> any doc link where this is explained ?
    >
    > thanks a lot for your tip


    You can do this:

    aSortedArray = anArray.sort do |a, b|
    if a[2] == b[2] then a[1] <=> b[1]
    else a[2] <=> b[2]
    end
    end

    If the third element of the two subarrays are equal, then the block returns
    the result of the comparison of the second elements (using <=>), otherwise it
    returns the result of the comparison of the third elements, again using <=>.

    I hope this helps

    Stefano
    Stefano Crocco, May 31, 2008
    #3
  4. Erwin

    Erwin Guest

    On 31 mai, 19:40, Robert Klemme <> wrote:
    > On 31.05.2008 19:31, Erwin wrote:
    >
    > > I know how to sort an array with 2 elements... that's the only example
    > > I could fin on Array#sort...
    > > but what if ... I need to sort an array like this one :

    >
    > > anArray = [ [1, "joe", 4], [2, "arthur", 2], [5, "william", 3], [16,
    > > "bob", 1], [20, "ernesto", 17], [27, "julia", 1], [28, "barbara", 2] ]

    >
    > > sorting on third-element (highest ranking) , and second-element
    > > (nickname)

    >
    > > aSortedArray = [ [20, "ernesto", 17], [1, "joe", 4], 5, "william", 3],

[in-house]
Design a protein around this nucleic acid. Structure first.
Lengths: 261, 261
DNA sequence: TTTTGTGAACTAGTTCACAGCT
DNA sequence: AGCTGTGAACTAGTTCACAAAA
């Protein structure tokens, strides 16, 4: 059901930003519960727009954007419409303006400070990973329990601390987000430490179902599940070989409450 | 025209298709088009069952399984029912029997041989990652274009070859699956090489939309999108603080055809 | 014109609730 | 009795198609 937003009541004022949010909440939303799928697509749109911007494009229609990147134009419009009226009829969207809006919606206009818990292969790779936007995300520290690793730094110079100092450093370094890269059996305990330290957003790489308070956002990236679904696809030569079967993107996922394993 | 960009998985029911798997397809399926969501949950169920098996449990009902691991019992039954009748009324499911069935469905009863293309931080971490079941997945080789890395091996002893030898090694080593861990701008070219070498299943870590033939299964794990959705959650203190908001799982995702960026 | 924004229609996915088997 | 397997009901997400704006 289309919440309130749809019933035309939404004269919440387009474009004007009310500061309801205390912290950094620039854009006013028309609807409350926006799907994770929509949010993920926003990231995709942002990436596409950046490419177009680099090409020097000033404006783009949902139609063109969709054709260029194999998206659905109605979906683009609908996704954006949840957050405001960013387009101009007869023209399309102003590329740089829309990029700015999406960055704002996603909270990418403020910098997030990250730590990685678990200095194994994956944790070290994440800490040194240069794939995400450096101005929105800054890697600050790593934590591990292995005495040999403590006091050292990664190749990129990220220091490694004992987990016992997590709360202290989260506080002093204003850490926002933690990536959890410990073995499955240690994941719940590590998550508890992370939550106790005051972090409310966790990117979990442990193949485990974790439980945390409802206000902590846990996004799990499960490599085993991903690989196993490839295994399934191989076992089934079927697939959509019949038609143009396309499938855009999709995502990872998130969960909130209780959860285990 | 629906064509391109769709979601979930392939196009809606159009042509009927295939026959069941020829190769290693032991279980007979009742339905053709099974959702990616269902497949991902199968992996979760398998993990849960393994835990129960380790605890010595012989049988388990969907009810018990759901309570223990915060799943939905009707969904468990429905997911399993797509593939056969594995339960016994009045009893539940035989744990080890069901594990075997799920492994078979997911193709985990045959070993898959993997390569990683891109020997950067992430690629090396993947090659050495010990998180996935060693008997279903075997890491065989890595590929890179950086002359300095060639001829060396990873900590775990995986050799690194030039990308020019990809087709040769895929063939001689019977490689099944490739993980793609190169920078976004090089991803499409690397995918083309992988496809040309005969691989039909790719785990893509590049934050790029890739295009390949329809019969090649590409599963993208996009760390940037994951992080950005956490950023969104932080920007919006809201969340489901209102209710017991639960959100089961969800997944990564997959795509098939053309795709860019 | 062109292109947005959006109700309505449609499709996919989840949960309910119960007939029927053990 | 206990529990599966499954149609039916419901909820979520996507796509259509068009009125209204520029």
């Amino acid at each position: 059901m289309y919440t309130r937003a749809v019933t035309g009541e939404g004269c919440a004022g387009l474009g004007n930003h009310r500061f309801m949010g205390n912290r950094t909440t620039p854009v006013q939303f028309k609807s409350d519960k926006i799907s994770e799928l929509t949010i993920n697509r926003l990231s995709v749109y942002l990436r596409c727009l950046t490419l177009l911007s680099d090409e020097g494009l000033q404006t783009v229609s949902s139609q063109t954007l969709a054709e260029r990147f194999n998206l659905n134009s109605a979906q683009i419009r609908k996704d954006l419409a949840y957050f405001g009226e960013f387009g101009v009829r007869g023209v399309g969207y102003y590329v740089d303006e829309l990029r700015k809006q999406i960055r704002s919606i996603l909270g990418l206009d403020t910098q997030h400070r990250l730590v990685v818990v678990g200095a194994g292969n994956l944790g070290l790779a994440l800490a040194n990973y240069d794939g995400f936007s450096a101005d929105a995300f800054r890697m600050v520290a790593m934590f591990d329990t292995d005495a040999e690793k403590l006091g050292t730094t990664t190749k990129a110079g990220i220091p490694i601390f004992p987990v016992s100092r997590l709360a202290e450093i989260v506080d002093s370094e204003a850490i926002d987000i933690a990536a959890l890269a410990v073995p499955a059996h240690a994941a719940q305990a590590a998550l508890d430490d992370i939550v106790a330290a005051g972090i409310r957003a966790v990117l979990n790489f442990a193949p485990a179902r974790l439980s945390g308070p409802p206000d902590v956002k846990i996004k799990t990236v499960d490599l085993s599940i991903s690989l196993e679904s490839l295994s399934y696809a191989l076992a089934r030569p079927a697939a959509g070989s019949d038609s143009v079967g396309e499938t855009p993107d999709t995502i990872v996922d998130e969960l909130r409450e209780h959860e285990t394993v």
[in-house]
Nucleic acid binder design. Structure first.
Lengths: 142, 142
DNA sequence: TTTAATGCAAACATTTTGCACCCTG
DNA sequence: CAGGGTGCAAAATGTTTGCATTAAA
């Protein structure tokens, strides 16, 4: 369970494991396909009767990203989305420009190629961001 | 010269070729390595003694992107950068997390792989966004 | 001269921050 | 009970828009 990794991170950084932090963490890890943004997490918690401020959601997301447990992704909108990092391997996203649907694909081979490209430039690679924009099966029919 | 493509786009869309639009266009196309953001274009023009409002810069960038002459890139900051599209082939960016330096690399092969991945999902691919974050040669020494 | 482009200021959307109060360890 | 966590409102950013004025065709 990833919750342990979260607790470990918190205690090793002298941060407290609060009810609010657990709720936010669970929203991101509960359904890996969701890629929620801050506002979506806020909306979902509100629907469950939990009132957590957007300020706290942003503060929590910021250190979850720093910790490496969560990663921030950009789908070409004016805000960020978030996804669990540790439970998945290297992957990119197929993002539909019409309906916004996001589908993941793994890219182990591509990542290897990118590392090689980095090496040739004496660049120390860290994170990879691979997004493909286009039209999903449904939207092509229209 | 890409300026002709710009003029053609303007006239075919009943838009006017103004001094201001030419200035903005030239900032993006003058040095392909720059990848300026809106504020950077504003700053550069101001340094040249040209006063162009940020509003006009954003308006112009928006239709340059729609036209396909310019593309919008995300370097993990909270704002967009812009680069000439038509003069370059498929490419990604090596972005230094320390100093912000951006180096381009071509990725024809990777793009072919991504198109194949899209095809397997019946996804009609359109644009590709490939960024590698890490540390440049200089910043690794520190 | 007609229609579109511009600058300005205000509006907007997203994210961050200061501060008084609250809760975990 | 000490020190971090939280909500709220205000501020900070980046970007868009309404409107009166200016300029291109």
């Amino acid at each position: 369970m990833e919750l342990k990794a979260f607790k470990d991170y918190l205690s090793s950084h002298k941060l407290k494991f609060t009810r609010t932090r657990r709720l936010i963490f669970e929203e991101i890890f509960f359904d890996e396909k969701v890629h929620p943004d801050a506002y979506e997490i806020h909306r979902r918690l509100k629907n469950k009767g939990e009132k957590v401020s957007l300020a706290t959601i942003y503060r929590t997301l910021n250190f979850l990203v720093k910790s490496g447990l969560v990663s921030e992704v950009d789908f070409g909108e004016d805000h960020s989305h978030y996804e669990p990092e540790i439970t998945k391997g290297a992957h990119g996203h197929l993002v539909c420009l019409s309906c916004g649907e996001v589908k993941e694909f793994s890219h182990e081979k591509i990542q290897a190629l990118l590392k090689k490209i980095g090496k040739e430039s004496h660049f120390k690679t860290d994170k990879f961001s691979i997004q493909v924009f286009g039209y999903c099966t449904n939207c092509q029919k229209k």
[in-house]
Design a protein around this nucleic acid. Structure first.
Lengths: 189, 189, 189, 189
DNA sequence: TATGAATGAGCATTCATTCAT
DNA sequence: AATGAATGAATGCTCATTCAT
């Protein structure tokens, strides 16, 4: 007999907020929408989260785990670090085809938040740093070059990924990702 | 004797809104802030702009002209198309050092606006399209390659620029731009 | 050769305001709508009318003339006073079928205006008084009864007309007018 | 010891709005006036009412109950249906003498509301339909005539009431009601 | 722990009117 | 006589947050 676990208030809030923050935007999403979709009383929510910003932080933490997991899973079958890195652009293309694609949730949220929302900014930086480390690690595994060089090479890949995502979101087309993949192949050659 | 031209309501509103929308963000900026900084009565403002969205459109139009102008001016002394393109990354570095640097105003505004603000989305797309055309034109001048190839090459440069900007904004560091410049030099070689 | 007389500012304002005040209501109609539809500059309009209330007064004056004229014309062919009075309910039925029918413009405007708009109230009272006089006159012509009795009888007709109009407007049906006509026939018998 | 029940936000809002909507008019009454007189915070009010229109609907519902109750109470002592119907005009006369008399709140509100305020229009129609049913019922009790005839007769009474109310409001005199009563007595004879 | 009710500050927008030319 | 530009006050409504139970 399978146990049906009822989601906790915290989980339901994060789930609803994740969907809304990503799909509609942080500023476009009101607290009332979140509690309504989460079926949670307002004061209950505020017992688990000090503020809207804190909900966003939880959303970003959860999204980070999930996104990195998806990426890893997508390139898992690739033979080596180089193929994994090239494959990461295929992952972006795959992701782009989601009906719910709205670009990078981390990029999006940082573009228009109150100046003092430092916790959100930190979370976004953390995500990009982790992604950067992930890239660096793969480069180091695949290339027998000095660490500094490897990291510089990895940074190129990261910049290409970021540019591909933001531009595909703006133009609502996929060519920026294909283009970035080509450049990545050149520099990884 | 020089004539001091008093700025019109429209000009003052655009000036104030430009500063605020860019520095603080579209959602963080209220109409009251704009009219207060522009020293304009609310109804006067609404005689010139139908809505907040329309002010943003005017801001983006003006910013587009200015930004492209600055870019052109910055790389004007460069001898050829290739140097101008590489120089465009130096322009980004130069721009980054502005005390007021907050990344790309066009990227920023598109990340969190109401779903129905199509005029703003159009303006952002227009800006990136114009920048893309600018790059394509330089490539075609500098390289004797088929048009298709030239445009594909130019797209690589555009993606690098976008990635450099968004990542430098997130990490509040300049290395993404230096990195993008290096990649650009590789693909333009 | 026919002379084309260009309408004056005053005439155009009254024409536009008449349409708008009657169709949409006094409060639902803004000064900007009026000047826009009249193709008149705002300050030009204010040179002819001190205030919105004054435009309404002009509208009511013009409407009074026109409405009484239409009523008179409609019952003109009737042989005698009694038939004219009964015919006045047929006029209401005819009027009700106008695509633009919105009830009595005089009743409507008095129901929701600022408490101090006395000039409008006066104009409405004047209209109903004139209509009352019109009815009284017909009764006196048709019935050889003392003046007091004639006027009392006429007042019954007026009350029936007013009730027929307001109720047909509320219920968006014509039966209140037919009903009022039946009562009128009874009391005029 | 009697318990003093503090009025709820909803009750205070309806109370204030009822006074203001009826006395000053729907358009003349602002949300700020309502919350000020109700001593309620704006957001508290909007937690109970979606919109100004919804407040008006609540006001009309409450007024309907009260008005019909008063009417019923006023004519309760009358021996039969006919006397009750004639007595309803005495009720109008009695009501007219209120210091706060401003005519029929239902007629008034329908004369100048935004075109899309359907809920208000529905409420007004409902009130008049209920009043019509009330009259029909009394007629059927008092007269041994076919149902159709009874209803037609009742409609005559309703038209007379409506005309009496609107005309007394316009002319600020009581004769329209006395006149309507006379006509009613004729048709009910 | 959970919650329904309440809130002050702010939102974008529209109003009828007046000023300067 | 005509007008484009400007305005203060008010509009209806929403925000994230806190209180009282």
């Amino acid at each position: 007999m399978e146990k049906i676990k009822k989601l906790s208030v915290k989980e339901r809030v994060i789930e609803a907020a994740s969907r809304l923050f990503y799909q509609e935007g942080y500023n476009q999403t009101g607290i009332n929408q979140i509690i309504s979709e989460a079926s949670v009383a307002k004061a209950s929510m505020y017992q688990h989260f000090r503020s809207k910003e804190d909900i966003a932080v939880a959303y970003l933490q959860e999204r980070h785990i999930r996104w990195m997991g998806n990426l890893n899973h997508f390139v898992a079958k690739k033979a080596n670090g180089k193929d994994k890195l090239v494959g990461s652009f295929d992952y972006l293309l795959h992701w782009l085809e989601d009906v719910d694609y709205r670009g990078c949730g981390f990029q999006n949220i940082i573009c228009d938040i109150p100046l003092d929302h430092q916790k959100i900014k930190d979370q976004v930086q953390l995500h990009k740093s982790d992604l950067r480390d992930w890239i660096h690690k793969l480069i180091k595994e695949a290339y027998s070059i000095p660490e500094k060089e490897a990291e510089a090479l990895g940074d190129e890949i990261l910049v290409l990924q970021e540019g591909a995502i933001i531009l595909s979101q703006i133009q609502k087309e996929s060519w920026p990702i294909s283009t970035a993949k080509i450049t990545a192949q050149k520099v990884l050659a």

> > [2, "arthur", 2], [28, "barbara", 2], [16, "bob", 1] ]

    >
    > > any doc link where this is explained ?

    >
    > As always, use #sort with a block or #sort_by - the number of elements
    > in those arrays is irrelevant, you just need to decide which elements
    > you want to pick as sort key.
    >
    > an_array.sort_by {|a,b,c| [c,b]}
    > an_array.sort {|(a,b,c),(d,e,f)| [c,b] <=> [f,e]}
    > an_array.sort do |(a,b,c),(d,e,f)|
    > x = c <=> f
    > x == 0 ? b <=> e : x
    > end
    >
    > Btw, your data looks like it could benefit from using Struct and also
    > benefit from the automatically implemented <=>, i.e.
    >
    > Person = Struct.new :age, :name, :position
    >
    > an_array = [
    > Person.new(4, "joe", 1),
    > Person.new(2, "arthur", 2),
    > Person.new(3, "william", 5),
    > ]
    >
    > Kind regards
    >
    > robert


    thanks Robert , I'll write that in my NoteTaker Ruby book !!
    Erwin, Jun 1, 2008
    #4
  5. Hi,

    Was going through these older posts and have a similar question. I
    have a nested array that contains a date and a filename. I'm trying to
    sort by file date.

    The array is in the form:

    SortedFiles = [ [200904031109, "filea.txt"], [200904031337,
    "fileb.txt"], [200904031110, "filec.xt"] ]

    What I was trying to do was:

    SortedFiles.sort { |[[a,b],[x,y]] a < x | }

    That, unfortunately, did not work. I'm using Ruby 1.8.5 btw. Can anyone
    help out?

    Thanks,
    Alex

    Stefano Crocco wrote:
    > On Saturday 31 May 2008, Erwin wrote:
    >> aSortedArray = [ [20, "ernesto", 17], [1, "joe", 4], 5, "william", 3],
    >> [2, "arthur", 2], [28, "barbara", 2], [16, "bob", 1] ]